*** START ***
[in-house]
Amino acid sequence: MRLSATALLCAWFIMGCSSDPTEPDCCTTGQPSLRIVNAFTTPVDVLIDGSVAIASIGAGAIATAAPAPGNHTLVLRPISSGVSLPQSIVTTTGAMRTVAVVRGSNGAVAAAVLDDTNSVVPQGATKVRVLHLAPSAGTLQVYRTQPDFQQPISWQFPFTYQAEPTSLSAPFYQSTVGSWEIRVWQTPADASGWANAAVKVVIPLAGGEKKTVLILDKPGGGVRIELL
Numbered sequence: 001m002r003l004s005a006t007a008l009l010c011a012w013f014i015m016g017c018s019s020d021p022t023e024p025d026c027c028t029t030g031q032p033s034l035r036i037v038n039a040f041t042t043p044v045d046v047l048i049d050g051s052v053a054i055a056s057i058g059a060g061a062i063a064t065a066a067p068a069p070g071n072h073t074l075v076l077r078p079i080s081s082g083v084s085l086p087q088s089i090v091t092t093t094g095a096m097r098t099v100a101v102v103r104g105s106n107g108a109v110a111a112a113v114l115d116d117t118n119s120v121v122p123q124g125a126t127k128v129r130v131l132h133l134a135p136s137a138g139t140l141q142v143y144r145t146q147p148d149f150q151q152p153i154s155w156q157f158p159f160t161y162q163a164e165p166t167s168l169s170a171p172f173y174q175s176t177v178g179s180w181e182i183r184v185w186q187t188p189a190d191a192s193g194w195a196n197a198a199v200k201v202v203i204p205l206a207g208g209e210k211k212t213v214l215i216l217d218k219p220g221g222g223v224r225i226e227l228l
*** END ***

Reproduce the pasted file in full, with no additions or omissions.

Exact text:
[in-house]
Amino acid sequence: MRLSATALLCAWFIMGCSSDPTEPDCCTTGQPSLRIVNAFTTPVDVLIDGSVAIASIGAGAIATAAPAPGNHTLVLRPISSGVSLPQSIVTTTGAMRTVAVVRGSNGAVAAAVLDDTNSVVPQGATKVRVLHLAPSAGTLQVYRTQPDFQQPISWQFPFTYQAEPTSLSAPFYQSTVGSWEIRVWQTPADASGWANAAVKVVIPLAGGEKKTVLILDKPGGGVRIELL
Numbered sequence: 001m002r003l004s005a006t007a008l009l010c011a012w013f014i015m016g017c018s019s020d021p022t023e024p025d026c027c028t029t030g031q032p033s034l035r036i037v038n039a040f041t042t043p044v045d046v047l048i049d050g051s052v053a054i055a056s057i058g059a060g061a062i063a064t065a066a067p068a069p070g071n072h073t074l075v076l077r078p079i080s081s082g083v084s085l086p087q088s089i090v091t092t093t094g095a096m097r098t099v100a101v102v103r104g105s106n107g108a109v110a111a112a113v114l115d116d117t118n119s120v121v122p123q124g125a126t127k128v129r130v131l132h133l134a135p136s137a138g139t140l141q142v143y144r145t146q147p148d149f150q151q152p153i154s155w156q157f158p159f160t161y162q163a164e165p166t167s168l169s170a171p172f173y174q175s176t177v178g179s180w181e182i183r184v185w186q187t188p189a190d191a192s193g194w195a196n197a198a199v200k201v202v203i204p205l206a207g208g209e210k211k212t213v214l215i216l217d218k219p220g221g222g223v224r225i226e227l228l